In Wallonia, even though the results are generally similar, there is a difference of degree. At different moments in time, between two thirds and three quarters of the people living in Wallonia felt Belgian above all. This amounts to a difference of almost 20% with Flanders (De Winter 2007). Moreover, it is interesting to see that unlike the Flemish, and since 1979, Walloons have always felt, above all, Belgian. However, the feeling of belonging to Belgium seems rather stable in both regions, even if the feeling of belonging to the Region/Community in Wallonia, as in Flanders, decreases with time: from 22,9% it went down, in less than 20 years, to 13,9%. In Flanders, it was the local level that saw its support increased, whereas in Wallonia it is the European level that benefits the most.

These figures shed light on the dynamics of identity in Belgium. Far from being a marginal phenomenon, it is a crucial aspect in the transformation of the country, still under way (Deschouwer and Reuchamps 2013). However, no survey shows an identity gap between the two major communities in the country, the Flemings and the Francophones. In this regard, it is interesting to note that both electorates have had the same evolution in relation to their feelings of belonging, even if these took place at higher or lower levels. We can find an identity dualism in the country with a – more or less strong, depending on the Region – predominance of the feeling of belonging to Belgium. Hence, it seems that while in the medium term the identity factors contributed to the stability of the Belgian federation, or to be more precise, did not strengthen its instability, they also did not contribute to the unity of Belgium. Yet, identity factors are constantly present in political and media discourses, where an opposition between blocs, strengthened by socio-economic reasons, is often seen (Perrez and Reuchamps 2012).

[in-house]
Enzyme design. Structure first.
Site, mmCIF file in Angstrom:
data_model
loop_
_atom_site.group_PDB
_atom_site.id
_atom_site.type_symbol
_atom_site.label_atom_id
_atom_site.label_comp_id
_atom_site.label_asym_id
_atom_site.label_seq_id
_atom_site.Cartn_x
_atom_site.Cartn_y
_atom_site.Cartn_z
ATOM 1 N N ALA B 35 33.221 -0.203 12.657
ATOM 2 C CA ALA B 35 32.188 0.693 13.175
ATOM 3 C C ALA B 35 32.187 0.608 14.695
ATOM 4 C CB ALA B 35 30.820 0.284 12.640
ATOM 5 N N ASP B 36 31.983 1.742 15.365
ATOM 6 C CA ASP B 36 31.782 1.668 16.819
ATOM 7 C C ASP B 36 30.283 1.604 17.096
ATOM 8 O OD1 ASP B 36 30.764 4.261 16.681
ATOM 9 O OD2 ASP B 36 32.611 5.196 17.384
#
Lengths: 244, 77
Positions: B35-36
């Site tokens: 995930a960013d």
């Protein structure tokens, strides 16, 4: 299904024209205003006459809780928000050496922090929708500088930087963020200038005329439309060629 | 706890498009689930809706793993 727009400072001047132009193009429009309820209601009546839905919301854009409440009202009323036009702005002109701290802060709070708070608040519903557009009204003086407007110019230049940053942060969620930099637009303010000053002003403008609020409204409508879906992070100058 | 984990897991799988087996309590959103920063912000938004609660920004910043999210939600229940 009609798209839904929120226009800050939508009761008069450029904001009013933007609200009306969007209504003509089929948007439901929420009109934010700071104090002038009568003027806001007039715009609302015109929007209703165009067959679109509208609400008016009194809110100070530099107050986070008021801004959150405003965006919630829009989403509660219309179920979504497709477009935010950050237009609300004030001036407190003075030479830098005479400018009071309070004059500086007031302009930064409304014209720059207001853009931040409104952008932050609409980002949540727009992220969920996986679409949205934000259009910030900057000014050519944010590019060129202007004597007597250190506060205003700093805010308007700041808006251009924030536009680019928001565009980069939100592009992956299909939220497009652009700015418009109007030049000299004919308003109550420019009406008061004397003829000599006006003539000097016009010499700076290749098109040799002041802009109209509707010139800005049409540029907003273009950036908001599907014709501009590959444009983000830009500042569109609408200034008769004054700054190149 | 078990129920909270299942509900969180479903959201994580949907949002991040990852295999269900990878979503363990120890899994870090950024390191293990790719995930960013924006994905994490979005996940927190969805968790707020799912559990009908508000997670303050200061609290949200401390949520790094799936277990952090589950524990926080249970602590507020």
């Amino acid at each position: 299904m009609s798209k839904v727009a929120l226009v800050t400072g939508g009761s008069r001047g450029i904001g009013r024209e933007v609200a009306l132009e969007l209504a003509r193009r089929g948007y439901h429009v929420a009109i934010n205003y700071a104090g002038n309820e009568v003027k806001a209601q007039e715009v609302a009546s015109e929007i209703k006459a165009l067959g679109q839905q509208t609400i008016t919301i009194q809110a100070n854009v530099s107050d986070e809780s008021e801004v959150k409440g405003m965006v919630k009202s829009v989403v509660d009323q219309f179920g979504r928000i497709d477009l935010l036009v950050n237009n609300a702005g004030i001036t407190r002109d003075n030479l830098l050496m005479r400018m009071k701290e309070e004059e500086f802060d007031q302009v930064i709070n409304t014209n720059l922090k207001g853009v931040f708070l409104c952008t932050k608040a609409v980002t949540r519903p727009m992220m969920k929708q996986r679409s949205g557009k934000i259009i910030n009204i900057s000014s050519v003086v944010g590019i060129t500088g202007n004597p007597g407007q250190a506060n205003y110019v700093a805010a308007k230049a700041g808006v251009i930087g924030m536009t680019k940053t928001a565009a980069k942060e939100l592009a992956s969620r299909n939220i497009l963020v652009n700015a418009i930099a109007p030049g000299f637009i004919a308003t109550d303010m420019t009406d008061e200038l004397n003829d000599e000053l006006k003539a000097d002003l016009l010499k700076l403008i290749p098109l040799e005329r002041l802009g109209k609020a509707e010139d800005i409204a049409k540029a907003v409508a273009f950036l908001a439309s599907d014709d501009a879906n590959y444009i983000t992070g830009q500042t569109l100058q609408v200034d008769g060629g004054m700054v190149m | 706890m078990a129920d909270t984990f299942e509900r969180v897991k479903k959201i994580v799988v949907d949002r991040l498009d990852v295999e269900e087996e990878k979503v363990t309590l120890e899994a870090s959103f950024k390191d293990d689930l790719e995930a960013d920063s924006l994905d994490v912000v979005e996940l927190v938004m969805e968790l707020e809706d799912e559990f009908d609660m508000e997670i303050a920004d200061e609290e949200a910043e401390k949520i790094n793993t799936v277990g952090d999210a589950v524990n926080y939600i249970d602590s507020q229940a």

Recent history of Belgian federalism seems to indicate that the political dynamic of this country is rather a fragmentation factor than a unity asset. It is obviously true that the unitary State became federal. But this evolution has always been based on a compromise that satisfies each party. For instance, the Flemish elites decided to merge the Flemish Community with the Flemish Region in a unique entity with one single Parliament and one Government. The Francophone elites, in turn, decided that the French Community (which has become, as mentioned before, the Wallonia-Brussels Federation) will be the – linguistic – link between the French-speakers of Wallonia and of Brussels. These choices reflect different visions of what Belgium should be: for most of the Flemish elites, Belgium should be based on two Communities – the Flemish and the Francophone – and for most of the Francophone elites Belgium should be based on three Regions – Flanders, Wallonia and Brussels. Here appears the paradox of Belgian federalism: the Flemings prefer linguistic ties, given by the Community, but need the Regions to ensure clear boundaries and obtain more autonomy, whereas the Francophones prefer a regional vision in order to recognise Brussels as a fully-fledged Region, but need the French Community in order to link Brussels and Wallonia.